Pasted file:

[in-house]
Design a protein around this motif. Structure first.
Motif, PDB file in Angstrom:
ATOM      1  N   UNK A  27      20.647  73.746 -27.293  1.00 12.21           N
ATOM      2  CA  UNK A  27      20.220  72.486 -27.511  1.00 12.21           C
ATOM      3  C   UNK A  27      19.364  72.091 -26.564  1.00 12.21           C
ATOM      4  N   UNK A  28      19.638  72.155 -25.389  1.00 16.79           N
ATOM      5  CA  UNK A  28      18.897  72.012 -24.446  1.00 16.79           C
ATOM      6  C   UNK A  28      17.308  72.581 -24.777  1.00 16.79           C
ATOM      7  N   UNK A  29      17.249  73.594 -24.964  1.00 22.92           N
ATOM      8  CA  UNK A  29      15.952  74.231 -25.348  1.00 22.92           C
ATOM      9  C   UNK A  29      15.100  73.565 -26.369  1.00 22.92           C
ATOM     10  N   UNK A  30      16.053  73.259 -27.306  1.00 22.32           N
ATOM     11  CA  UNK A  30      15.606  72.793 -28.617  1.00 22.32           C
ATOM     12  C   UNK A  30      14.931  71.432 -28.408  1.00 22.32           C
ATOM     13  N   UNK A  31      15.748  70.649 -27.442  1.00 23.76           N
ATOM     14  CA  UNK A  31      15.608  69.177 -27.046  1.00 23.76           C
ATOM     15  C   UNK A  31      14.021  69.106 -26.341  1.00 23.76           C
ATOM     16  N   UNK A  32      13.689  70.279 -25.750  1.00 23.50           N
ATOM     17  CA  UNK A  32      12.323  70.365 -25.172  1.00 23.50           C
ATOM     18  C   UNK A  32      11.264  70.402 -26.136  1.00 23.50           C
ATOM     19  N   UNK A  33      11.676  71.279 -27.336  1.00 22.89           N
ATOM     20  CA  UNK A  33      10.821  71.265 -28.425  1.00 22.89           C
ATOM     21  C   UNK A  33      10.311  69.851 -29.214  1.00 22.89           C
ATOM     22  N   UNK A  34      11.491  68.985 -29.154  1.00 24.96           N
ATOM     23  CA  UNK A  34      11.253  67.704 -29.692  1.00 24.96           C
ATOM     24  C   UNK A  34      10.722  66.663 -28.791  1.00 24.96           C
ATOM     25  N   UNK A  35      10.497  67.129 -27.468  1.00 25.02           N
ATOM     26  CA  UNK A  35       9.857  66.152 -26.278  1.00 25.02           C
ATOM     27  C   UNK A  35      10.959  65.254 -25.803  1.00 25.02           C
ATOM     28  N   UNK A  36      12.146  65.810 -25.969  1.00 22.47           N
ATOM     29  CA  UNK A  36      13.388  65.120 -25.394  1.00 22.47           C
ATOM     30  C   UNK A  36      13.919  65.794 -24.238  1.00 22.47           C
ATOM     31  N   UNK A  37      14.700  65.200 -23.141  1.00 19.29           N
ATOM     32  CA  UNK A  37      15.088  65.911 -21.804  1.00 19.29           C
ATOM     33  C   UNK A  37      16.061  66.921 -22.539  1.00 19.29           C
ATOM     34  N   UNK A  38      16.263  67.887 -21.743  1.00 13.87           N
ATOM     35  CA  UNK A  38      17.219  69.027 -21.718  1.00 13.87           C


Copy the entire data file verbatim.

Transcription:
[in-house]
Design a protein around this motif. Structure first.
Motif, PDB file in Angstrom:
ATOM      1  N   UNK A  27      20.647  73.746 -27.293  1.00 12.21           N
ATOM      2  CA  UNK A  27      20.220  72.486 -27.511  1.00 12.21           C
ATOM      3  C   UNK A  27      19.364  72.091 -26.564  1.00 12.21           C
ATOM      4  N   UNK A  28      19.638  72.155 -25.389  1.00 16.79           N
ATOM      5  CA  UNK A  28      18.897  72.012 -24.446  1.00 16.79           C
ATOM      6  C   UNK A  28      17.308  72.581 -24.777  1.00 16.79           C
ATOM      7  N   UNK A  29      17.249  73.594 -24.964  1.00 22.92           N
ATOM      8  CA  UNK A  29      15.952  74.231 -25.348  1.00 22.92           C
ATOM      9  C   UNK A  29      15.100  73.565 -26.369  1.00 22.92           C
ATOM     10  N   UNK A  30      16.053  73.259 -27.306  1.00 22.32           N
ATOM     11  CA  UNK A  30      15.606  72.793 -28.617  1.00 22.32           C
ATOM     12  C   UNK A  30      14.931  71.432 -28.408  1.00 22.32           C
ATOM     13  N   UNK A  31      15.748  70.649 -27.442  1.00 23.76           N
ATOM     14  CA  UNK A  31      15.608  69.177 -27.046  1.00 23.76           C
ATOM     15  C   UNK A  31      14.021  69.106 -26.341  1.00 23.76           C
ATOM     16  N   UNK A  32      13.689  70.279 -25.750  1.00 23.50           N
ATOM     17  CA  UNK A  32      12.323  70.365 -25.172  1.00 23.50           C
ATOM     18  C   UNK A  32      11.264  70.402 -26.136  1.00 23.50           C
ATOM     19  N   UNK A  33      11.676  71.279 -27.336  1.00 22.89           N
ATOM     20  CA  UNK A  33      10.821  71.265 -28.425  1.00 22.89           C
ATOM     21  C   UNK A  33      10.311  69.851 -29.214  1.00 22.89           C
ATOM     22  N   UNK A  34      11.491  68.985 -29.154  1.00 24.96           N
ATOM     23  CA  UNK A  34      11.253  67.704 -29.692  1.00 24.96           C
ATOM     24  C   UNK A  34      10.722  66.663 -28.791  1.00 24.96           C
ATOM     25  N   UNK A  35      10.497  67.129 -27.468  1.00 25.02           N
ATOM     26  CA  UNK A  35       9.857  66.152 -26.278  1.00 25.02           C
ATOM     27  C   UNK A  35      10.959  65.254 -25.803  1.00 25.02           C
ATOM     28  N   UNK A  36      12.146  65.810 -25.969  1.00 22.47           N
ATOM     29  CA  UNK A  36      13.388  65.120 -25.394  1.00 22.47           C
ATOM     30  C   UNK A  36      13.919  65.794 -24.238  1.00 22.47           C
ATOM     31  N   UNK A  37      14.700  65.200 -23.141  1.00 19.29           N
ATOM     32  CA  UNK A  37      15.088  65.911 -21.804  1.00 19.29           C
ATOM     33  C   UNK A  37      16.061  66.921 -22.539  1.00 19.29           C
ATOM     34  N   UNK A  38      16.263  67.887 -21.743  1.00 13.87           N
ATOM     35  CA  UNK A  38      17.219  69.027 -21.718  1.00 13.87           C